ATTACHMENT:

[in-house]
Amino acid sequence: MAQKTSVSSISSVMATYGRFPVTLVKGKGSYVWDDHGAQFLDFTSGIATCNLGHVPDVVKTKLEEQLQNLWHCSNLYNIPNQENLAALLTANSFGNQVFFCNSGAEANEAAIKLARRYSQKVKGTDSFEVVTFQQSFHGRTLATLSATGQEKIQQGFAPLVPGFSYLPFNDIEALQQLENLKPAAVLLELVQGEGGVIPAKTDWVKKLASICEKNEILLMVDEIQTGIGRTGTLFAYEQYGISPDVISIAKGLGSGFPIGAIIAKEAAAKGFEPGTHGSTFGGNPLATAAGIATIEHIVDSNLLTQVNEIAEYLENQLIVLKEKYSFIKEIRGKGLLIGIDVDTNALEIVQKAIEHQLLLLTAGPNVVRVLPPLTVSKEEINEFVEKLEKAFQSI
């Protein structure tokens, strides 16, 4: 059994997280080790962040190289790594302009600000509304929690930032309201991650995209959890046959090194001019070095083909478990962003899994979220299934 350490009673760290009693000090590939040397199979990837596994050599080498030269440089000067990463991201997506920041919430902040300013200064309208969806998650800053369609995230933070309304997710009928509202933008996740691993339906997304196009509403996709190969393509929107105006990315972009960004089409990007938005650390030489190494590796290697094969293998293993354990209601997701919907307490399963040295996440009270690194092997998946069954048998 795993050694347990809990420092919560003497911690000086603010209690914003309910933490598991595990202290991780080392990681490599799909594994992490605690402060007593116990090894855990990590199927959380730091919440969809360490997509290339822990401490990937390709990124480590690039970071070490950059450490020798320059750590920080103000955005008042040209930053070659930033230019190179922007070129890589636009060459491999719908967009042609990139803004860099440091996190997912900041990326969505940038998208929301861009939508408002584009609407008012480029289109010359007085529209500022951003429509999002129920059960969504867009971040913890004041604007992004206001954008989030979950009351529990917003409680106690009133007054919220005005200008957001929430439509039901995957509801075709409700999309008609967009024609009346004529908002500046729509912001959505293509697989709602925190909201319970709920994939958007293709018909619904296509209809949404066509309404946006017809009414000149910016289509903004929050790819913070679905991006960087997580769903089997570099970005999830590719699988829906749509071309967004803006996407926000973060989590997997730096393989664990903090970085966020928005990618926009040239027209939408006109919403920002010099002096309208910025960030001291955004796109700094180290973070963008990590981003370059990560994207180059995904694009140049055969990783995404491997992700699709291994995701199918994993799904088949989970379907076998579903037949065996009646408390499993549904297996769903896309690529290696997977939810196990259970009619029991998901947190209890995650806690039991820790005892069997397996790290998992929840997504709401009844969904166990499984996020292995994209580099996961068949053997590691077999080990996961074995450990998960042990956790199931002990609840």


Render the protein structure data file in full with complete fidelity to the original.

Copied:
[in-house]
Amino acid sequence: MAQKTSVSSISSVMATYGRFPVTLVKGKGSYVWDDHGAQFLDFTSGIATCNLGHVPDVVKTKLEEQLQNLWHCSNLYNIPNQENLAALLTANSFGNQVFFCNSGAEANEAAIKLARRYSQKVKGTDSFEVVTFQQSFHGRTLATLSATGQEKIQQGFAPLVPGFSYLPFNDIEALQQLENLKPAAVLLELVQGEGGVIPAKTDWVKKLASICEKNEILLMVDEIQTGIGRTGTLFAYEQYGISPDVISIAKGLGSGFPIGAIIAKEAAAKGFEPGTHGSTFGGNPLATAAGIATIEHIVDSNLLTQVNEIAEYLENQLIVLKEKYSFIKEIRGKGLLIGIDVDTNALEIVQKAIEHQLLLLTAGPNVVRVLPPLTVSKEEINEFVEKLEKAFQSI
């Protein structure tokens, strides 16, 4: 059994997280080790962040190289790594302009600000509304929690930032309201991650995209959890046959090194001019070095083909478990962003899994979220299934 350490009673760290009693000090590939040397199979990837596994050599080498030269440089000067990463991201997506920041919430902040300013200064309208969806998650800053369609995230933070309304997710009928509202933008996740691993339906997304196009509403996709190969393509929107105006990315972009960004089409990007938005650390030489190494590796290697094969293998293993354990209601997701919907307490399963040295996440009270690194092997998946069954048998 795993050694347990809990420092919560003497911690000086603010209690914003309910933490598991595990202290991780080392990681490599799909594994992490605690402060007593116990090894855990990590199927959380730091919440969809360490997509290339822990401490990937390709990124480590690039970071070490950059450490020798320059750590920080103000955005008042040209930053070659930033230019190179922007070129890589636009060459491999719908967009042609990139803004860099440091996190997912900041990326969505940038998208929301861009939508408002584009609407008012480029289109010359007085529209500022951003429509999002129920059960969504867009971040913890004041604007992004206001954008989030979950009351529990917003409680106690009133007054919220005005200008957001929430439509039901995957509801075709409700999309008609967009024609009346004529908002500046729509912001959505293509697989709602925190909201319970709920994939958007293709018909619904296509209809949404066509309404946006017809009414000149910016289509903004929050790819913070679905991006960087997580769903089997570099970005999830590719699988829906749509071309967004803006996407926000973060989590997997730096393989664990903090970085966020928005990618926009040239027209939408006109919403920002010099002096309208910025960030001291955004796109700094180290973070963008990590981003370059990560994207180059995904694009140049055969990783995404491997992700699709291994995701199918994993799904088949989970379907076998579903037949065996009646408390499993549904297996769903896309690529290696997977939810196990259970009619029991998901947190209890995650806690039991820790005892069997397996790290998992929840997504709401009844969904166990499984996020292995994209580099996961068949053997590691077999080990996961074995450990998960042990956790199931002990609840």